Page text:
Column: Pilgrim Lane plan misses the mark

By Kaye McArdell

Guest Columnist

I am responding to the article, “Pilgrim Lane plans draw a crowd in Plymouth,” published July 28.

McArdell
McArdell

The Sun article didn’t really capture the essence of our neighborhood’s concerns about the school district administration’s decision to relocate a significant number of high-school students into the Pilgrim Lane campus. Pilgrim Lane was designed for and built around the needs and schedules of elementary school children, not high school students.

The article stated that Sandburg Learning Center, which currently houses the targeted high-school programs Highview and TASC, is adjacent to a Golden Valley neighborhood that is “similar” to the Pilgrim Lane neighborhood. To those of us who have been to both locations, this comparison misses the mark.

Equating the Sandburg campus with the Pilgrim Lane campus is akin to equating a basketball court with a ping-pong table. Sandburg is bordered on two sides by major roads and commercial buildings, has far more physical space and a significantly larger “buffer zone” relative to nearby homes.

Pilgrim Lane is surrounded on all four sides by homes, quiet residential streets and adjacent Plymouth parkland. Why would the district’s administration think that it is suddenly appropriate to start playing basketball games on a ping pong table?

High school students, typically mobile and vocal, require facilities with large buffer zones and plentiful parking, which the Pilgrim Lane campus does not possess. According to the administration, one-third of the approximately 150 Highview students drive, and all are allowed to leave campus for lunch.

The Pilgrim Lane campus has only 105 parking spots, which will have to be shared among Highview students, staff of at least four programs, and community education participants. The sheer number of programs destined for Pilgrim Lane, by the administration’s own admission, will keep it open 6:30 a.m. to 6:30 p.m. year-round. The accompanying traffic and noise levels are not suitable for the Pilgrim Lane campus and the surrounding neighborhood.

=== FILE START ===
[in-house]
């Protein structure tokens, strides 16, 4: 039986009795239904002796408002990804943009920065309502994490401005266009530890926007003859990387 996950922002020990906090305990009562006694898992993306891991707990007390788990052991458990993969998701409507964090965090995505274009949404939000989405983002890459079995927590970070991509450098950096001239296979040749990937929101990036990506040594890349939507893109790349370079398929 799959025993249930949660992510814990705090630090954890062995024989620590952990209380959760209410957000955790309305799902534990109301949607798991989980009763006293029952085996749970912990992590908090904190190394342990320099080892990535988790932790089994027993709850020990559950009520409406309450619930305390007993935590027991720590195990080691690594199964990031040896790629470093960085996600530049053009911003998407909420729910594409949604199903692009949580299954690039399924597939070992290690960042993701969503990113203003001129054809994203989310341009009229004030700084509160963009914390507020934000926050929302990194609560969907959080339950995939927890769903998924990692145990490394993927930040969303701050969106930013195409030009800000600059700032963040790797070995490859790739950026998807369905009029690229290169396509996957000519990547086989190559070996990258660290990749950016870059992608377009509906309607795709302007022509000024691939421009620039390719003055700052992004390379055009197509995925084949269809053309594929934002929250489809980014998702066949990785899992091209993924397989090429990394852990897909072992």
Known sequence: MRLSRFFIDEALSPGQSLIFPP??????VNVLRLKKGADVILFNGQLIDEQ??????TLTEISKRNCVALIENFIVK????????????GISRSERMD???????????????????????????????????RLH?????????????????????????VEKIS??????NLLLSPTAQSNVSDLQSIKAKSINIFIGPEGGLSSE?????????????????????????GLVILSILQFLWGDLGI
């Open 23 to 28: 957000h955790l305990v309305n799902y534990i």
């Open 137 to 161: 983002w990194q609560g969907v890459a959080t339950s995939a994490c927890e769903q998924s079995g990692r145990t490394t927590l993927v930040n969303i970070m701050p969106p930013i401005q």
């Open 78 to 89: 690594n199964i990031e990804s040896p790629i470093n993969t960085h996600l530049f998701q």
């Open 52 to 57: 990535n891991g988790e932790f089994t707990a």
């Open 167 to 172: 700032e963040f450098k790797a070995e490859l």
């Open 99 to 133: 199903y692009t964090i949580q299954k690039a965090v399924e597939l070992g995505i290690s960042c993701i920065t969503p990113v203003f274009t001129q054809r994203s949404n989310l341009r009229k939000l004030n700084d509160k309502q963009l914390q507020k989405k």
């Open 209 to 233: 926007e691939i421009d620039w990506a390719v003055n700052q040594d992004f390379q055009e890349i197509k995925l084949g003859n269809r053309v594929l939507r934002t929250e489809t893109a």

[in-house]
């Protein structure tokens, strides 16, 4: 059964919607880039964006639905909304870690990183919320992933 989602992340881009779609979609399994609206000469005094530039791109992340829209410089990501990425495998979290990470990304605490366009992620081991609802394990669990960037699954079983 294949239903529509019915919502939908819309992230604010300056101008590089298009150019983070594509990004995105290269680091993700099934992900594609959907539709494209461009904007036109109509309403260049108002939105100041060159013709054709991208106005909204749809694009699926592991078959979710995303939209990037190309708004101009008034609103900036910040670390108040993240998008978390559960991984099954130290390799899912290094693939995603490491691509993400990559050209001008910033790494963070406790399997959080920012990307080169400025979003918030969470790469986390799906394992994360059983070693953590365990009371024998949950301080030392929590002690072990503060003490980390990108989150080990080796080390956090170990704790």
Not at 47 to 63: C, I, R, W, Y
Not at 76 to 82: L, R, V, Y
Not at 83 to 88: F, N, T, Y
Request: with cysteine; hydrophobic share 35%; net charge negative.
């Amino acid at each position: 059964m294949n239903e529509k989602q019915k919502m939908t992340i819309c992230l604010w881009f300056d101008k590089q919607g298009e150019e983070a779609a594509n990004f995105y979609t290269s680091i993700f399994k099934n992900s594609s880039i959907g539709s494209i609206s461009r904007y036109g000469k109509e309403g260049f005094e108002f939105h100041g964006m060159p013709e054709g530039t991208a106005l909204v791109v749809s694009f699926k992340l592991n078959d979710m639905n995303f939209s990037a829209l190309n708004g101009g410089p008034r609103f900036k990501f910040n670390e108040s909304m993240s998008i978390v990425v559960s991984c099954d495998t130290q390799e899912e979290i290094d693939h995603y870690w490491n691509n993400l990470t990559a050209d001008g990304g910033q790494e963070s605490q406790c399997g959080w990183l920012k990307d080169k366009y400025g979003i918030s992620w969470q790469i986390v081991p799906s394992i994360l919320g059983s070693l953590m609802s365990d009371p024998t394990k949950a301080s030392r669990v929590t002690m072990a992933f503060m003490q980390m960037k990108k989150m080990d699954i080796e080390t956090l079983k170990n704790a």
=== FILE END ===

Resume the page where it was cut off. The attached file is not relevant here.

The administration and school board state that Highview and TASC are largely succeeding at Sandburg. This indicates that after years of program relocation, they’ve finally found the right setting. Why do these programs need to be relocated if they are successful where they are?

The administration’s claim that their current facilities plan has been in the works for 20 months is misleading. The FAIR Crystal school was acquired in June 2015, after which they decided to relocate Highview and TASC to Pilgrim Lane. Phase 1 of the plan was approved by the school board just weeks later on July 6. Only one plan was submitted by the administration for voting.

The administration claims it has spent a long time studying the issue, but also claim that there was no time to involve our community because of the timing of the FAIR school acquisition. This is nonsense.

It appears that the administration and school board are merely seeking an expedient but not the best route to quickly remedy significant past missteps, such as relying on faulty enrollment projections when deciding several years ago which schools to close.

Only weeks remain before the school board votes on Phase 2 of the plan. Our community is probably not alone in thinking that the administration and school board are being irresponsible by rushing into their current plan without fully considering alternatives.

The Pilgrim Lane campus, when remodeled to bring it back up to code, is perfectly positioned to meet the needs of our youngest students. I ask the District 281 administration and school board to be good neighbors by incorporating our input and adopting a plan that will not fundamentally alter the nature and character of our neighborhood.

Kaye McArdell is a Plymouth resident and has lived on Pilgrim Lane since 2004.